Mighty oaks: How a small grant in North Dakota is making big connections between school and community

​A modest $300 grant helped students engage with community members through a mentorship program in Lisbon, North Dakota.

March 12, 2018 |

A modest $300 grant helped students engage with community members through a mentorship program in Lisbon, North Dakota.

We are always amazed at the work accomplished by our Grants in Place award recipients, but a recent report from our Lisbon, North Dakota grantee Kerri Zahrbock really impressed us - it is amazing what one teacher can do with a small amount of resources and initiative. Ms. Zahrbock's $300 Community Mentorship grant focused on placing high school juniors and seniors with community leaders in areas that reflect each students' interests. Students were engaged in and learned through hands-on experiences provided by community mentors. Read about their unique experiences below! We love the direct connection to community in this Grants in Place project! Thanks to Ms. Zahrbock for this summary of fantastic stories.

Magi Brademeyer, high school junior, is currently mentoring under Lisbon Elementary second grade teacher, Kari Webb. Magi goes into the Elementary classroom three times a week for 45 minutes each time. Initially her role was that of an observer, but now she acts as another educator in the classroom, even garnishing the title of Miss. Brademeyer. She has developed rapport with the second graders being greeted with smiles, hugs and shouts of glee. The students enjoy their additional helper and anticipate her arrival. She has assisted students individually and in small groups on spelling, math and reading. In the large group setting, Magi engages the students with her storytelling, especially enthusiastic about reading them “How the Grinch Stole Christmas”. This opportunity has reaffirmed Magi’s career choice in education. The skills, techniques, and enthusiasm Mrs. Webb brings into her classroom and shares with her students have been insight for Magi and she continues to learn through this valuable opportunity.

Lydia Lyons, Lisbon High School junior, currently is collaborating with and learning from individuals at our local City of Lisbon office. She is being mentored by our city auditor and economic development director as well as our city deputy auditor. Lydia has gained valuable business knowledge by learning about and working hands-on with building permits, time cards, and excel templates. Throughout this experience, she has learned about the collaboration needed between city officials and their ongoing communication. She has enjoyed getting to know the police officials and other locals who stop in.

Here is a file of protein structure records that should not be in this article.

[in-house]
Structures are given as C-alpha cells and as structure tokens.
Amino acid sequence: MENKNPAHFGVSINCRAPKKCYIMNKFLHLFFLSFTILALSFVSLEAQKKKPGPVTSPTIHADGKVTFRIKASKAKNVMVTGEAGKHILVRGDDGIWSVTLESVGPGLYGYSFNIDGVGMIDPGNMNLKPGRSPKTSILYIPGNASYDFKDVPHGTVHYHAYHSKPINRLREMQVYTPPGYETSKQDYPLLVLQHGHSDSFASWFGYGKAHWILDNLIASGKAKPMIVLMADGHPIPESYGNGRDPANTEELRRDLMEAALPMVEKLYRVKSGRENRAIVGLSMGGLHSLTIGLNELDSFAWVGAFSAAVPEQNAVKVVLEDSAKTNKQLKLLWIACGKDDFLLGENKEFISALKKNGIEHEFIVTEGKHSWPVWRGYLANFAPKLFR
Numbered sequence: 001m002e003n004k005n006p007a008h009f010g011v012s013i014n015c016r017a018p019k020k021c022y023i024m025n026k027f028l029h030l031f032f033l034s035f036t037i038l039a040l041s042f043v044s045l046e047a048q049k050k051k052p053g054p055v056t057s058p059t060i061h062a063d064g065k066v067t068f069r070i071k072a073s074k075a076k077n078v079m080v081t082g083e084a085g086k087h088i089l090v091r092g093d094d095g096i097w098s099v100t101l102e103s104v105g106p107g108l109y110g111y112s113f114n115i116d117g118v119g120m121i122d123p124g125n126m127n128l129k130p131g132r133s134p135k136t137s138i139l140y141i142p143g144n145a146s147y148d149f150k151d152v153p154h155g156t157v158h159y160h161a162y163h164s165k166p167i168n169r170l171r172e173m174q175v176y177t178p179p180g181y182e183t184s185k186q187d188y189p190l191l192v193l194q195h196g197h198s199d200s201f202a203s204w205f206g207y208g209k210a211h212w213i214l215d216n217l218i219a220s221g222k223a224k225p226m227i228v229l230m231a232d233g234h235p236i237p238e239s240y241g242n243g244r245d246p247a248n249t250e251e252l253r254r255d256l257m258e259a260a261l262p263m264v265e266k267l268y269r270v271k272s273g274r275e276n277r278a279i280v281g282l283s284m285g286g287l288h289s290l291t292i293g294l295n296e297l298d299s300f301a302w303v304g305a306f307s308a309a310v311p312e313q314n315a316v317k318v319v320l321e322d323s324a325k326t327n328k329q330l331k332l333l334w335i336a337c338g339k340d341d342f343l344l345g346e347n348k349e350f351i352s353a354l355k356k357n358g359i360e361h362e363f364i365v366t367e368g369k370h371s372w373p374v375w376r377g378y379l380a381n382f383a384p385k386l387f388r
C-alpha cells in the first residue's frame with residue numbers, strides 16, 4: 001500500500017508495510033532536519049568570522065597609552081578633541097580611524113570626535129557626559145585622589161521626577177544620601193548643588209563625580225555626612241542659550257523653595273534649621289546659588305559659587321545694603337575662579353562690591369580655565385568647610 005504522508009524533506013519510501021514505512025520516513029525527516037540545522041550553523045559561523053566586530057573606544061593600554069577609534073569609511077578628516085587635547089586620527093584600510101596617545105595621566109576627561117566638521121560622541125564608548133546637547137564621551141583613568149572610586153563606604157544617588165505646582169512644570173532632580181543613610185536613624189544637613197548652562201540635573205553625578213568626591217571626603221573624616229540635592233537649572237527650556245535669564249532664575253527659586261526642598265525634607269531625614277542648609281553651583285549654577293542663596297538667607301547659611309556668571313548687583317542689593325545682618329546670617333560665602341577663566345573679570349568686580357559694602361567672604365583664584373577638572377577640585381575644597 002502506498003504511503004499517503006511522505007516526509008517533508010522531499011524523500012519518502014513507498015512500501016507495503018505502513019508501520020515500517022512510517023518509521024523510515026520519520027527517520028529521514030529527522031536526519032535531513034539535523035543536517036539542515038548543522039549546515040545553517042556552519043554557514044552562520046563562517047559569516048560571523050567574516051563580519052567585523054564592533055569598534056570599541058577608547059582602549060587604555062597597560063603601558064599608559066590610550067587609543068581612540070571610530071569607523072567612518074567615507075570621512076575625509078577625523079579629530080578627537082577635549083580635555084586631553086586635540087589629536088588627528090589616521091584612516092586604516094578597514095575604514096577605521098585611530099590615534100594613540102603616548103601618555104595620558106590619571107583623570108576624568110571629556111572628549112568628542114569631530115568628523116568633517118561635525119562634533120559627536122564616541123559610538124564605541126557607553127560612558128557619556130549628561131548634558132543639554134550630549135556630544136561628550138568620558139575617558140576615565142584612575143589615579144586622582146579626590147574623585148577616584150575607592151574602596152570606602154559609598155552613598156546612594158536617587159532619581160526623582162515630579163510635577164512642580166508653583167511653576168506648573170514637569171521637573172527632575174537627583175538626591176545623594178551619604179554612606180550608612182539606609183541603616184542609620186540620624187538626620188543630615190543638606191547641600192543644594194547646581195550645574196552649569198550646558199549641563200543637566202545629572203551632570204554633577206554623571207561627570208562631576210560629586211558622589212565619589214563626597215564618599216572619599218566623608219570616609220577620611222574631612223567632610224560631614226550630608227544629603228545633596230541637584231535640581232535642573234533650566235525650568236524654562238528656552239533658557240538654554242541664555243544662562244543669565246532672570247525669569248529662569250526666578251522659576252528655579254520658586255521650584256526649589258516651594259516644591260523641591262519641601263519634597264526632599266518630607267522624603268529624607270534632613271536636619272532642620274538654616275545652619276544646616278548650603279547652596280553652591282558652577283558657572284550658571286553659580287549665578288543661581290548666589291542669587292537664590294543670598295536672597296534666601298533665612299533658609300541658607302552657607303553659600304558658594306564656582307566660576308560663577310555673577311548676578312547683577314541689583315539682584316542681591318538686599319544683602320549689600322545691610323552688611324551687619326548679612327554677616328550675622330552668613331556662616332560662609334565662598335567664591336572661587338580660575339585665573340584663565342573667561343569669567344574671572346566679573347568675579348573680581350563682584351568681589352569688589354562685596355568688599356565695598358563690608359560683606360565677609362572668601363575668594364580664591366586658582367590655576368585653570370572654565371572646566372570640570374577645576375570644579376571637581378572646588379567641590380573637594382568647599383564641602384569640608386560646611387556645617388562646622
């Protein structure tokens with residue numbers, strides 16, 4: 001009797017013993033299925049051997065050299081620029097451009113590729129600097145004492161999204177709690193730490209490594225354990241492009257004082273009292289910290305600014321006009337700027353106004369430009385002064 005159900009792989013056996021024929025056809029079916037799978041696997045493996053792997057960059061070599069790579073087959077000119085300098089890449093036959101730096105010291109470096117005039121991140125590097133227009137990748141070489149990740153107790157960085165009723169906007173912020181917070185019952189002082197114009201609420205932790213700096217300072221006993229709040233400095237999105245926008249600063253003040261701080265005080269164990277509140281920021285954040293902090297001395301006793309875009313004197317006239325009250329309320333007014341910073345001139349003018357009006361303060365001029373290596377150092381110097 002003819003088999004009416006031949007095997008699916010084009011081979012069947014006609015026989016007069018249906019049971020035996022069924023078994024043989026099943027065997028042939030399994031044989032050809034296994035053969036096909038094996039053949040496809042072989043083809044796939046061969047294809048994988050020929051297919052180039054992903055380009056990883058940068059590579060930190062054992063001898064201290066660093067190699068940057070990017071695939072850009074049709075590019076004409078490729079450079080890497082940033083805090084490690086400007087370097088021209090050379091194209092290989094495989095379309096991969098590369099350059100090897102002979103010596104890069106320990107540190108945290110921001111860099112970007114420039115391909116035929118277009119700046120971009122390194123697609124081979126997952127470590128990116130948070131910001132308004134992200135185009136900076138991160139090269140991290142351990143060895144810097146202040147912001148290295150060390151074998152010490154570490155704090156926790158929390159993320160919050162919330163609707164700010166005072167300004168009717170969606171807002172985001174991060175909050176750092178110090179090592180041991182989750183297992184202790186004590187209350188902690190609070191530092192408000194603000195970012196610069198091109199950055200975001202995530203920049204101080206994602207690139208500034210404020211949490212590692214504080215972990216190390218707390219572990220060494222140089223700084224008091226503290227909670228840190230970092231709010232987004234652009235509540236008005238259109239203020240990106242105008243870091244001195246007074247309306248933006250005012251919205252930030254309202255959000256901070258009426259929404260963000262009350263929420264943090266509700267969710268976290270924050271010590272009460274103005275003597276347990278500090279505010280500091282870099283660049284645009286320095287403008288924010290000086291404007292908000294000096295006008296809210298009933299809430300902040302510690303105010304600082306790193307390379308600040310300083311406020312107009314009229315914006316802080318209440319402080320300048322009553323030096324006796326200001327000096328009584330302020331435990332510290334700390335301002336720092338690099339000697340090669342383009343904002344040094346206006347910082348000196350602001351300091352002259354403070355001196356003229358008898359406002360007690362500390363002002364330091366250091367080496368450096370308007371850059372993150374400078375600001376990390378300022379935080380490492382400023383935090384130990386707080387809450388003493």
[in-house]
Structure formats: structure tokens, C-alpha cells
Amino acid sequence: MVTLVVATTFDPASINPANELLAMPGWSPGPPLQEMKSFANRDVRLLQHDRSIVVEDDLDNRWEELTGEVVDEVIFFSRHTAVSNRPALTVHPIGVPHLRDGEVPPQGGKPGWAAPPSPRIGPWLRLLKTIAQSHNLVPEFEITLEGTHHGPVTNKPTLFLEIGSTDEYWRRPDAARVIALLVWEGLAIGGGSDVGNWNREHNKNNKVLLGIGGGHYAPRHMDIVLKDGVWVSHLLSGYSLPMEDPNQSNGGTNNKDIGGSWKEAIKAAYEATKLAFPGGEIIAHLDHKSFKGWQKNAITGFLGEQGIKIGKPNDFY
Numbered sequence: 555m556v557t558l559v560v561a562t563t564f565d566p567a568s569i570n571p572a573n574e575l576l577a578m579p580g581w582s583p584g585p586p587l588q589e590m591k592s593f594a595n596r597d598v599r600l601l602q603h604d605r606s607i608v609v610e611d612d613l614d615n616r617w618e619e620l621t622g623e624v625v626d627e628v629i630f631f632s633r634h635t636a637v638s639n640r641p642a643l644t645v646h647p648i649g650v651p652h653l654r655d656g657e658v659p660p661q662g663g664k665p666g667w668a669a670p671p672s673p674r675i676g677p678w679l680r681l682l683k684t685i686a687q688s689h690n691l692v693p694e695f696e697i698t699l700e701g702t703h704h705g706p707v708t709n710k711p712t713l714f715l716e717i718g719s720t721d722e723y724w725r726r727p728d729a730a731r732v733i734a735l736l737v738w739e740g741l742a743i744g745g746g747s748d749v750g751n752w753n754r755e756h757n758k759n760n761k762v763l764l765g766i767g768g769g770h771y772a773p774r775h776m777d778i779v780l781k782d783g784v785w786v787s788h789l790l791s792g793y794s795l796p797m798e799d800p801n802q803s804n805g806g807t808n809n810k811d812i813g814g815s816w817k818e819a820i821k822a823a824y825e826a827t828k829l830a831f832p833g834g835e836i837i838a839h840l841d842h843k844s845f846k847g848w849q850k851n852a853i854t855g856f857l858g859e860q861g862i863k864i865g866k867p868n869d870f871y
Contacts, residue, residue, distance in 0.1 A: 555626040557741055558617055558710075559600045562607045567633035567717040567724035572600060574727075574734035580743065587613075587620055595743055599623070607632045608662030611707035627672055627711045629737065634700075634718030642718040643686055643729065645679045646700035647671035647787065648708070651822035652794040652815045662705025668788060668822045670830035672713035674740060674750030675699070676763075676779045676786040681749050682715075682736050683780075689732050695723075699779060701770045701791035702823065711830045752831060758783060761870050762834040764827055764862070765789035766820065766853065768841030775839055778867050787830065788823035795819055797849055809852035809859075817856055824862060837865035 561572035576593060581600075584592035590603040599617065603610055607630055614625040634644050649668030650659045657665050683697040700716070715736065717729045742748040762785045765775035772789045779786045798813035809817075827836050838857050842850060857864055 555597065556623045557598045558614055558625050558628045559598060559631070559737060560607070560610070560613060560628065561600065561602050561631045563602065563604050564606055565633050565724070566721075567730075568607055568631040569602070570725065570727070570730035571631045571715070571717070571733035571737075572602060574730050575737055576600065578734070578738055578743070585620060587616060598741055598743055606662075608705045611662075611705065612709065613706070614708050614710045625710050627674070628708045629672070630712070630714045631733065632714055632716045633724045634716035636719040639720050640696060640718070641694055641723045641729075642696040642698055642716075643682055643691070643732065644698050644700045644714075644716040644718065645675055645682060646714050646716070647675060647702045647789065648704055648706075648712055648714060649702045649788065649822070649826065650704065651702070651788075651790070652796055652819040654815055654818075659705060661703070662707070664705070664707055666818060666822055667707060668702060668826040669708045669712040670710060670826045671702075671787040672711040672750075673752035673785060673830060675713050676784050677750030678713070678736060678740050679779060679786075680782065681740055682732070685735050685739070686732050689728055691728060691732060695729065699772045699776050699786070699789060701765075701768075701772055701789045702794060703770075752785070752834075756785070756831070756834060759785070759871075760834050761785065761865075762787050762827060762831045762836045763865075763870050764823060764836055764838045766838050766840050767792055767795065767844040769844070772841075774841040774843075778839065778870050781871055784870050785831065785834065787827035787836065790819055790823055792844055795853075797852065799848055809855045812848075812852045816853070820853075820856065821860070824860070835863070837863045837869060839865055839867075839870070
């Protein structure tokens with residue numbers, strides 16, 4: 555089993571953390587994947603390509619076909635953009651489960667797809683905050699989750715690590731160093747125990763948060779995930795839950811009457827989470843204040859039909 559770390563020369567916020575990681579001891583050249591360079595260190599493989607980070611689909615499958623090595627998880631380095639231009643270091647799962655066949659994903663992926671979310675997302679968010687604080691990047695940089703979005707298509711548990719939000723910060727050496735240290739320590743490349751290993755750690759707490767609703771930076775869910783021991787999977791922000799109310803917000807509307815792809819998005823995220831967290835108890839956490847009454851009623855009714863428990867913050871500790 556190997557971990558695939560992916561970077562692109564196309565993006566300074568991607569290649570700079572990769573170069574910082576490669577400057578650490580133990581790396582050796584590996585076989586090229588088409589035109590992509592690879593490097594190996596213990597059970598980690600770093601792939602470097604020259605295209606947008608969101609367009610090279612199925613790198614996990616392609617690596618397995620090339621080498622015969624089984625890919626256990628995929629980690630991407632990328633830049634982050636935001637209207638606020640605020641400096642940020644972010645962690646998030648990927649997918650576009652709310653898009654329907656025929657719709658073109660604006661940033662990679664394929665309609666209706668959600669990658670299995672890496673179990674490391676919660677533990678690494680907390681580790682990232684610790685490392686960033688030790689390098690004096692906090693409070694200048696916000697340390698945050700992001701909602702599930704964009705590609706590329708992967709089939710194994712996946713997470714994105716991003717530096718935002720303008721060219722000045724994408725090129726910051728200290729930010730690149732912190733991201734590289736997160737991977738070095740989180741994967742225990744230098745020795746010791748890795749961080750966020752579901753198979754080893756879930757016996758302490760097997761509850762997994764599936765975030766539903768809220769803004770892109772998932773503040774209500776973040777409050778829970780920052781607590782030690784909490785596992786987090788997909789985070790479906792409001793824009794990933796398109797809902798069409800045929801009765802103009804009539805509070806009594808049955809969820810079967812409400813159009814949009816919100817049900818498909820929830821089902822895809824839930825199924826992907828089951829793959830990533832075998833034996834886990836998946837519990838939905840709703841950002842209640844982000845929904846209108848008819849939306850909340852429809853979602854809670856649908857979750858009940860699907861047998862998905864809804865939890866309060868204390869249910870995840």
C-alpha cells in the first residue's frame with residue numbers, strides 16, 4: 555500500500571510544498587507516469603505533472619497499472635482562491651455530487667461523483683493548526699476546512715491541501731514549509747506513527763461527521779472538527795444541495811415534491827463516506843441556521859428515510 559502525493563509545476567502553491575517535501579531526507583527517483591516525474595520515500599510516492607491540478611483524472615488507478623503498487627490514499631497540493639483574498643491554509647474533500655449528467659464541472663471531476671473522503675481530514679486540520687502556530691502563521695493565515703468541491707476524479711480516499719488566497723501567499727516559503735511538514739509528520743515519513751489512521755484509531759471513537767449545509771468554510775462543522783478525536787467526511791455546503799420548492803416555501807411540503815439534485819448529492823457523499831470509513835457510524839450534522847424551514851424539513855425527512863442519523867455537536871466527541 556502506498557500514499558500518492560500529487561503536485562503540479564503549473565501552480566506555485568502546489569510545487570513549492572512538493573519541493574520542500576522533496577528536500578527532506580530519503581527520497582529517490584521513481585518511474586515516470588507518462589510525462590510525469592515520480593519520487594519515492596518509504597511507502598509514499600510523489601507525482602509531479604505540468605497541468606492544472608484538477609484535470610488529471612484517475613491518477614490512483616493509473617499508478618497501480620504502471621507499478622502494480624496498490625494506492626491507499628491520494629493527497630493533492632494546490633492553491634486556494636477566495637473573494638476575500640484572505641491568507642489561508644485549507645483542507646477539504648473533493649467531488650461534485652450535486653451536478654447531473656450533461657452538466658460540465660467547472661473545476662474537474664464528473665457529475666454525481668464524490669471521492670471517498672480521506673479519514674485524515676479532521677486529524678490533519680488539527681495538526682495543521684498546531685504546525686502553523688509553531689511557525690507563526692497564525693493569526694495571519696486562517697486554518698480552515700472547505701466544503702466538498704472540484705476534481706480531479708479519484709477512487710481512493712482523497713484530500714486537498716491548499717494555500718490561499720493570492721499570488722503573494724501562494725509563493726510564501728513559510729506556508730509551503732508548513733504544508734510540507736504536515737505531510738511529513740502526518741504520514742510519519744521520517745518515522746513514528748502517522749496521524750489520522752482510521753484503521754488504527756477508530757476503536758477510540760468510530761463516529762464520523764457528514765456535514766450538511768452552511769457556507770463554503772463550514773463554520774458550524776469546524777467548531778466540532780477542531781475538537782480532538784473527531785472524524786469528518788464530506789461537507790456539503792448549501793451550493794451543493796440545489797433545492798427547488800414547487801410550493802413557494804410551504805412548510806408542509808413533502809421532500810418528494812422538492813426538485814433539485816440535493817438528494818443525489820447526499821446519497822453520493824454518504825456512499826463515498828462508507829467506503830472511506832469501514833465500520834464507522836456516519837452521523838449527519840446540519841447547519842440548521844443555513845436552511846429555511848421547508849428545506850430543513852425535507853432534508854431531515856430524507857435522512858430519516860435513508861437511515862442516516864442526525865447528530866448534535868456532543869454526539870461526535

Currently slated to attend college for an education degree, Connor Fitzgerald, high school senior, is pairing up with Lisbon Elementary fourth grade teacher, Richard Schmit. Connor has enjoyed getting to know the students, engaging and educating them, as well as observing and learning from the classroom teacher. Connor’s first class lesson focused on money and writing checks. In the picture below, Connor is shown team teaching with Mr. Schmit on the upcoming Winter Olympics. With an uncle working for the Olympics, Connor was able to engage students on a fun topic but also one that is relevant to current events. Connor describes his mentorship with Mr. Schmit as beneficial as he enjoyed the fun learning environment he provides for her students all while maintaining a controlled classroom.

In the fall of this year, a Career Day was held for Lisbon High School students in the 11 th grade. At this event, 29 local individuals, businesses or organizations came to lend their knowledge and expertise for interested students. Students were able to connect one-on-one or small group with a dental hygienist, agronomist, HVAC repair worker, journalist and more. These career professionals were predominately based out of Lisbon, or closely linked to our community, showcasing that our rural community has a variety of job opportunities available after high school and/or college.

Grants in Place is a modest grant program coordinated by the Rural Schools Collaborative, partner organizations and committed donors. To date, RSC and its partners have funded over a quarter-million dollars of place-based awards to innovative teachers.

The 2018-19 Grants in Place application is now open! Please click here to learn more about the application and regional requirements, and apply today!

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